Sunday, June 30, 2013
Thursday, June 27, 2013
And finally, a video from the bottom.
Monday, June 24, 2013
Busses are colorful and loud in Samoa, and stop wherever people want to get on or off.
As a result, they don’t follow schedules, stop frequently, and you might find yourself waiting for an hour or so for a bus to come along (remember, there’s only one road around each island, so walk down your street to the ‘ring road’ (my name, not theirs) and wait for a bus going in your direction)!
If you take a bus, I hope you like loud reggaeton music! :-)
These busses weren’t the most awesome, they’re just what I saw in the bus depot on the day I flew out:
ME STYLE – the best kind of style!
(Yes, that’s a Samoan flag out the back of this bus.)
This bus driver was “Born to be Famous,” though we’re not sure why.
And finally, a “school bus” which in all cases (almost) is just a personal vehicle that is a sort of “carpool” to get kids to school, often a work pickup truck:
Churches are uber-important in Samoa, with most being Christian, and a visible portion being Mormon (LDS). On one 30 minute drive, going roughly 20 mph (max), Meagan and I counted 60 churches. That’s one church every 500 meters. Very important to the culture. Here are some photos that I took from our moving car; note that they are not special specimens, just a random sampling:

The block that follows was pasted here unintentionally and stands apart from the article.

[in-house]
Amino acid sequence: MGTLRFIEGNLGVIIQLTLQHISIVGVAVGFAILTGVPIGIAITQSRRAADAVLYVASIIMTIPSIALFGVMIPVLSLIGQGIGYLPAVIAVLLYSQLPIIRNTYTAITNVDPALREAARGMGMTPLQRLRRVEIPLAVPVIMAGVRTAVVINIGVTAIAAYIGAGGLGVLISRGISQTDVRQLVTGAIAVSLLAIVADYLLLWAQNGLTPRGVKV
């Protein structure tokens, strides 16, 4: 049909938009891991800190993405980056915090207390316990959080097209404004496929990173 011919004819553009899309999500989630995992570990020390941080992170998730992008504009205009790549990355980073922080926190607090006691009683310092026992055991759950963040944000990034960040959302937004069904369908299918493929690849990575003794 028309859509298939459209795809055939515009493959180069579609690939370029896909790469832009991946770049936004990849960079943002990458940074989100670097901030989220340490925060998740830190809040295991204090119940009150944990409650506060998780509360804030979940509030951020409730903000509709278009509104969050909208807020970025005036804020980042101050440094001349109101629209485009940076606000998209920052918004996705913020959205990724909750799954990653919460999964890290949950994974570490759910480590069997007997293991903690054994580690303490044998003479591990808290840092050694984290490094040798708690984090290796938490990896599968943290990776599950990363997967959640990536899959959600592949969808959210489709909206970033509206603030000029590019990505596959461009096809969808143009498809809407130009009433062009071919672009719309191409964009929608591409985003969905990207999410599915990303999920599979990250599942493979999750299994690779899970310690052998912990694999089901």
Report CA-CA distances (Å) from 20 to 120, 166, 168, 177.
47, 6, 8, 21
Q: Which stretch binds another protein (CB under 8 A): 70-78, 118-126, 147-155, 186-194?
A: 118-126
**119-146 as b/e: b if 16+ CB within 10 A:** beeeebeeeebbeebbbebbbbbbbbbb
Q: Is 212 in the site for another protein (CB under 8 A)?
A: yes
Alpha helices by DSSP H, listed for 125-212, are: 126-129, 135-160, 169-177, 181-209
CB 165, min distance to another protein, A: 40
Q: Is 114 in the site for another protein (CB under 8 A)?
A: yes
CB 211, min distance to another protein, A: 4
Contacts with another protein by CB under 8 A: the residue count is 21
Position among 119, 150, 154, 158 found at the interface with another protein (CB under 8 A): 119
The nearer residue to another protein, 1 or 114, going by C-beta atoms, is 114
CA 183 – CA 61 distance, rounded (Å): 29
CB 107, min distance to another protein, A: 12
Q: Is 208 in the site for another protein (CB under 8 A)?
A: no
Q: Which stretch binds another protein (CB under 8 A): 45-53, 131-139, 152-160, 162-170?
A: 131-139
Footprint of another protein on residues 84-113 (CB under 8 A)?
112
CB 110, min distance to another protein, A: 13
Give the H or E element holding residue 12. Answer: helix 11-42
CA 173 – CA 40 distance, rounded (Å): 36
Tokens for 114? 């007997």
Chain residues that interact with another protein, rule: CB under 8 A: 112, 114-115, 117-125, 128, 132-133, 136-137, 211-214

And finally, this shot shows a fancy, ceremonial fale (beach hut), and a burial site; it is common to see folks buried in front yards of houses, churches, or villages (usually the village chief, etc.).
Saturday, June 22, 2013
Loads of wild dogs terroize school children, church goers, and all other walkers and bikers in Samoa. They’re a pain. This stray dog, however, is being cared for in the ‘western’ way (for lack of a better description) and will become a house pet. He’s adorable. Contact me for higher resolutions.
There are rare bats living here; read a bit more on wikipedia: http://en.wikipedia.org/wiki/Samoa_Flying-fox